(State #28/50) “Oh, we’re much more ecologically diverse than Southern Indiana.” A ranger from the Shawnee NF in Illinois told me. Suspicious of this claim, I pressed a bit. “Oh really? Says the ranger from Illinois.” She laughed. “No, I’m actually from Indiana, so I’m not biased, this area really is more diverse.” After spending a few days in the area, I believed her.
My original plan (I feel most of my posts can begin with that statement) was to canoe Lusk Creek in the hills. Rangers from the NF helped me figure out my float, even sending me a marked up topographical map of where to put in and take out. “I haven’t been out there this year,” they cautioned. I told them I’d report back on the conditions. Well, here’s my report: water too low, un-floatable.
Scarfing down an apple, in the final stages of edibility, I looked off a steel bridge down onto the creek — I saw more grass than stream. Where there was water, it was stagnant and blocked with fallen trees. Upstream was even worse and even I wasn’t stubborn enough to launch into a string of rocks and puddles. I headed forty-five minutes away to the Cache River and, to my great surprise, found myself back in Louisiana.
The Cache River and surrounding swampland is the furthest north cypress-tupelo habitat in the mid-west. The transition from Ozark highlands, in less than an hour, to humid cypress swamp felt, ironically, unnatural. My mind wasn’t prepared for a southern swamp — I had left them behind almost two months before when I put Coastal Carolina in the rearview.
I launched into the brown, algae covered water at six o’clock. The sun shone weak through high clouds and the humidity spiked. Unseen creatures rippled the film-covered surface as I slid by beaver-chewed tupelos, submerged logs and the wide buttresses of cypress trees, so iconic of the South. Mourning doves sounded their sorrowful refrain behind the sharper tones of cheery birds. I heard splashes, big splashes, all around me as gar, carp, beaver, duck and frogmen conducted business. The only things missing from this Dixie wetland were Spanish Moss and alligators. If I had woken up there in my canoe I would have thought I was in at least fifteen different states before guessing, without any confidence, that I was in Illinois.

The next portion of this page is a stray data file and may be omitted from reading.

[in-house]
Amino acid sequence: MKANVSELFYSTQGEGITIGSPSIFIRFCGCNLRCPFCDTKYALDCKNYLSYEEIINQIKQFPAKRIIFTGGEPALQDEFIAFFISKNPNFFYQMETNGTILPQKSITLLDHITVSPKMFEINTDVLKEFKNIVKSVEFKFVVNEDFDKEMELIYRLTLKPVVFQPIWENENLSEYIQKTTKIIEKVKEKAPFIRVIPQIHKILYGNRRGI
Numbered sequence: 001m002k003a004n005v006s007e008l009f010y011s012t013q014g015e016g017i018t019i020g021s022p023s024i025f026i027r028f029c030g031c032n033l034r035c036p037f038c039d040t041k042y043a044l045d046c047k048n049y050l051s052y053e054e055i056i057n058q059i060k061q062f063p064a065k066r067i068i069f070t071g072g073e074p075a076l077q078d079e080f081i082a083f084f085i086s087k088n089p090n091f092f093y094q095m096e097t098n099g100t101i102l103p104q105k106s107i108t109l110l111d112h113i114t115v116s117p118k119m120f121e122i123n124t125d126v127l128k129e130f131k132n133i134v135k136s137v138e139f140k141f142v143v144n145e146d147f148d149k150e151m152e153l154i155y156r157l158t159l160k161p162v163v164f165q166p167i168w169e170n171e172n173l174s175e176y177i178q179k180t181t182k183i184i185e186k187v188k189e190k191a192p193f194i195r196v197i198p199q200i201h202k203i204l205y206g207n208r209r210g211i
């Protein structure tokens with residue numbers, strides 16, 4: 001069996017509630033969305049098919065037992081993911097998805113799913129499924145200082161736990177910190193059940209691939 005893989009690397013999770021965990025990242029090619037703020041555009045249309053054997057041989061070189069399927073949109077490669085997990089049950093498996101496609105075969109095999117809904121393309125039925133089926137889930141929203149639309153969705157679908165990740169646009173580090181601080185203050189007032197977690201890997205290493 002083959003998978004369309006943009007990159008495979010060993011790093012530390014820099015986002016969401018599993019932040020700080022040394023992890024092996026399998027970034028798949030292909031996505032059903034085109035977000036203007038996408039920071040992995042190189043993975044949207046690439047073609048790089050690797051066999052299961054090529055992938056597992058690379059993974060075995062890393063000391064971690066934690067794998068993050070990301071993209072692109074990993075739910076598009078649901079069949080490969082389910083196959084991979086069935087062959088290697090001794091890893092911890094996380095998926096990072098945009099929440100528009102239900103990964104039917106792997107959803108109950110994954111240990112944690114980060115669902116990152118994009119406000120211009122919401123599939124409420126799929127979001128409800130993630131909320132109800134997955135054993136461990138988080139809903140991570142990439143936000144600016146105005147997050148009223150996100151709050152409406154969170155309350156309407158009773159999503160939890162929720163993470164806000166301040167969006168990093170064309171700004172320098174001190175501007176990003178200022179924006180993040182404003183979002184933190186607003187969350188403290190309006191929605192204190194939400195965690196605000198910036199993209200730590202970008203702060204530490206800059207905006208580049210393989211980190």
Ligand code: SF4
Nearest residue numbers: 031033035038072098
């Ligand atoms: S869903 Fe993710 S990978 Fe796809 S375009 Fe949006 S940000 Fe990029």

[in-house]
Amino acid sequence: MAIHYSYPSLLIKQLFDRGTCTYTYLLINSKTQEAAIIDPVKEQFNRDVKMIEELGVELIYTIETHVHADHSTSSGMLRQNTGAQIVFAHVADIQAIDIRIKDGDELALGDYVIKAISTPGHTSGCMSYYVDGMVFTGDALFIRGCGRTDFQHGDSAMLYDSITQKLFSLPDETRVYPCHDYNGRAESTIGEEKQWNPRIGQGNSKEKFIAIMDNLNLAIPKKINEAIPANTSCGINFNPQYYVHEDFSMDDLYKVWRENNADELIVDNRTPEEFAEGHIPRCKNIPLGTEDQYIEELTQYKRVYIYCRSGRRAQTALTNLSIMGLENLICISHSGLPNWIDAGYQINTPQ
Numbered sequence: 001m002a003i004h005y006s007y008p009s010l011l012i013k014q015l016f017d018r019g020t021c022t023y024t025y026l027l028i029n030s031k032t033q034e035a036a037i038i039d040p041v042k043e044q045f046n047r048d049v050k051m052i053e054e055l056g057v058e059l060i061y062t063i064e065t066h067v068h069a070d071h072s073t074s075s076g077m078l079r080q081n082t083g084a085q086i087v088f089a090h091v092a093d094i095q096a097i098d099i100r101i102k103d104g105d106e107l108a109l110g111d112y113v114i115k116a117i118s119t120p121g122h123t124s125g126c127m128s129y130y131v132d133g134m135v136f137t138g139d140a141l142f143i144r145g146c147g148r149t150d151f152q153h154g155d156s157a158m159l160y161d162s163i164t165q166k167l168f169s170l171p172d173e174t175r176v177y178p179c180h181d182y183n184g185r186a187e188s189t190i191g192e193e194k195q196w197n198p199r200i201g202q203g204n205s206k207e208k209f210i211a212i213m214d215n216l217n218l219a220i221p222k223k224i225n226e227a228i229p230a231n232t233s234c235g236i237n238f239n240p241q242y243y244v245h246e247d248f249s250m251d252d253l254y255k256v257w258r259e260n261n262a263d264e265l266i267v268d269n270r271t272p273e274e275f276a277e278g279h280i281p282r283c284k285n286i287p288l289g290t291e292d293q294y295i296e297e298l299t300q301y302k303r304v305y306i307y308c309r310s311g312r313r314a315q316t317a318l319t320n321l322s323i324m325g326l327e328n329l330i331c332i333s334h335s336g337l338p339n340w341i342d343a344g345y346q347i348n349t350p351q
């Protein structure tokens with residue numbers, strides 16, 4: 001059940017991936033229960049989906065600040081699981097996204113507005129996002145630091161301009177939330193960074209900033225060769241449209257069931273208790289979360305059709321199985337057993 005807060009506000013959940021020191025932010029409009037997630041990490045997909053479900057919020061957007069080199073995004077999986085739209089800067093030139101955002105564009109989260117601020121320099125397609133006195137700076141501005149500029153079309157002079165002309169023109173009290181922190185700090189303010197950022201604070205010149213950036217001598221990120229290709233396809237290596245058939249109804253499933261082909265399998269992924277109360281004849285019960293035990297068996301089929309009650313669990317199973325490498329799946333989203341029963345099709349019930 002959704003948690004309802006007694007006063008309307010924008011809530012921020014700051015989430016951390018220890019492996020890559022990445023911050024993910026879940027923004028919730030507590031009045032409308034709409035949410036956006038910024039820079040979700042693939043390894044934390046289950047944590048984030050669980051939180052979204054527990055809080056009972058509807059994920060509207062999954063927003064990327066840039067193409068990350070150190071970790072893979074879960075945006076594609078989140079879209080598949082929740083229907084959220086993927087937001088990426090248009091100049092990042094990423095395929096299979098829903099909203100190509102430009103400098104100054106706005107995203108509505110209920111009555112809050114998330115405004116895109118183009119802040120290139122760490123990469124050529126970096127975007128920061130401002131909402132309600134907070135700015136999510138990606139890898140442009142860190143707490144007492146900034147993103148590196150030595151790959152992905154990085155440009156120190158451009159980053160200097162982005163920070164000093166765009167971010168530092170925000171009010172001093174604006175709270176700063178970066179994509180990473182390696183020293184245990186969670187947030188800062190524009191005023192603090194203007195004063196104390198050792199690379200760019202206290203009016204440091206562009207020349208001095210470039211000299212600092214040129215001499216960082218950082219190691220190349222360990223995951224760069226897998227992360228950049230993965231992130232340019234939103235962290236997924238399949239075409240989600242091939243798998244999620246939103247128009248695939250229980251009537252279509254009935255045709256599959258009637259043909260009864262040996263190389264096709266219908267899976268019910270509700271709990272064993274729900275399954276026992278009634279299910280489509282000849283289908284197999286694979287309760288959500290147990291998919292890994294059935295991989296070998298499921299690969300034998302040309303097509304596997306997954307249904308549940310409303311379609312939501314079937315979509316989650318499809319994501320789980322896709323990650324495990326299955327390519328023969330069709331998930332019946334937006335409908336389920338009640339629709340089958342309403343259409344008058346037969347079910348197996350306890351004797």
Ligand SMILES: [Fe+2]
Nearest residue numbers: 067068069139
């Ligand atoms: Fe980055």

Following arrows, I canoed towards the state champion cypress. Over 1,000 years old, the papa tree stood, wide-based, stout with the centuries of wind, storm and lightning etched into its facade. Ten feet from the base, knees grew out of the swamp, one like a hand reaching up out of the murk, fingers and all.
Leaving the swamp, I found the main channel and paddled downstream between the wetland and a higher bank of maples and sycamores. After a mile, I stopped on the other side of a bridge to catch my breath when a fish leapt into my boat. I watched as a two-pound Asian Carp flopped around amongst my gear. I switched on the GroPro and recorded my dainty attempt to grab it by the fin and toss it back whence it came. I should have kept it, and ate it on principle alone — not only was it an invasive and destructive species, but it was also the first fish I’d caught on my trip, only took 28 states.